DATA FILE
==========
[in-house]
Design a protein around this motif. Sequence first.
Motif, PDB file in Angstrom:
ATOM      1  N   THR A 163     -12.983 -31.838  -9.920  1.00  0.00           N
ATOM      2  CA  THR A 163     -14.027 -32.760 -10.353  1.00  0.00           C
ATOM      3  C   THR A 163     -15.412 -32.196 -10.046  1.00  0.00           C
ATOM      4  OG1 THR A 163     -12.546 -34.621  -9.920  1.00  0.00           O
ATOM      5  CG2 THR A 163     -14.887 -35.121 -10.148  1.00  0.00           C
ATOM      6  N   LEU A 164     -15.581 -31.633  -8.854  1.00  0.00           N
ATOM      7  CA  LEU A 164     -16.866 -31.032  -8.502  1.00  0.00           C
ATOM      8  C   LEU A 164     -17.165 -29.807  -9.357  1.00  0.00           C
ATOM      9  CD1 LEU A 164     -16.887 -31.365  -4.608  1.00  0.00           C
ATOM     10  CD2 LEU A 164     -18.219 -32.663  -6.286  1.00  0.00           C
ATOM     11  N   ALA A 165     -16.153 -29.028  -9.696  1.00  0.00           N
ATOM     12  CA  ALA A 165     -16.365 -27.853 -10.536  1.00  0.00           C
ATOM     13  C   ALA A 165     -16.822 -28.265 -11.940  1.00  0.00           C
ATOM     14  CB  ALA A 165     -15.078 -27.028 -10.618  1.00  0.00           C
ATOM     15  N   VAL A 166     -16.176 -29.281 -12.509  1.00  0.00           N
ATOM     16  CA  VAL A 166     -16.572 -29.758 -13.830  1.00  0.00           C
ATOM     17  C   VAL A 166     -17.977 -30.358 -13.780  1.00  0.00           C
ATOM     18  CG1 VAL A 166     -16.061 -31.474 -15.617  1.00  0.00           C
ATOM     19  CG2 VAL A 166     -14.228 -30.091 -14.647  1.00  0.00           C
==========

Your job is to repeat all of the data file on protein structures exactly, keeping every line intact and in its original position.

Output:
[in-house]
Design a protein around this motif. Sequence first.
Motif, PDB file in Angstrom:
ATOM      1  N   THR A 163     -12.983 -31.838  -9.920  1.00  0.00           N
ATOM      2  CA  THR A 163     -14.027 -32.760 -10.353  1.00  0.00           C
ATOM      3  C   THR A 163     -15.412 -32.196 -10.046  1.00  0.00           C
ATOM      4  OG1 THR A 163     -12.546 -34.621  -9.920  1.00  0.00           O
ATOM      5  CG2 THR A 163     -14.887 -35.121 -10.148  1.00  0.00           C
ATOM      6  N   LEU A 164     -15.581 -31.633  -8.854  1.00  0.00           N
ATOM      7  CA  LEU A 164     -16.866 -31.032  -8.502  1.00  0.00           C
ATOM      8  C   LEU A 164     -17.165 -29.807  -9.357  1.00  0.00           C
ATOM      9  CD1 LEU A 164     -16.887 -31.365  -4.608  1.00  0.00           C
ATOM     10  CD2 LEU A 164     -18.219 -32.663  -6.286  1.00  0.00           C
ATOM     11  N   ALA A 165     -16.153 -29.028  -9.696  1.00  0.00           N
ATOM     12  CA  ALA A 165     -16.365 -27.853 -10.536  1.00  0.00           C
ATOM     13  C   ALA A 165     -16.822 -28.265 -11.940  1.00  0.00           C
ATOM     14  CB  ALA A 165     -15.078 -27.028 -10.618  1.00  0.00           C
ATOM     15  N   VAL A 166     -16.176 -29.281 -12.509  1.00  0.00           N
ATOM     16  CA  VAL A 166     -16.572 -29.758 -13.830  1.00  0.00           C
ATOM     17  C   VAL A 166     -17.977 -30.358 -13.780  1.00  0.00           C
ATOM     18  CG1 VAL A 166     -16.061 -31.474 -15.617  1.00  0.00           C
ATOM     19  CG2 VAL A 166     -14.228 -30.091 -14.647  1.00  0.00           C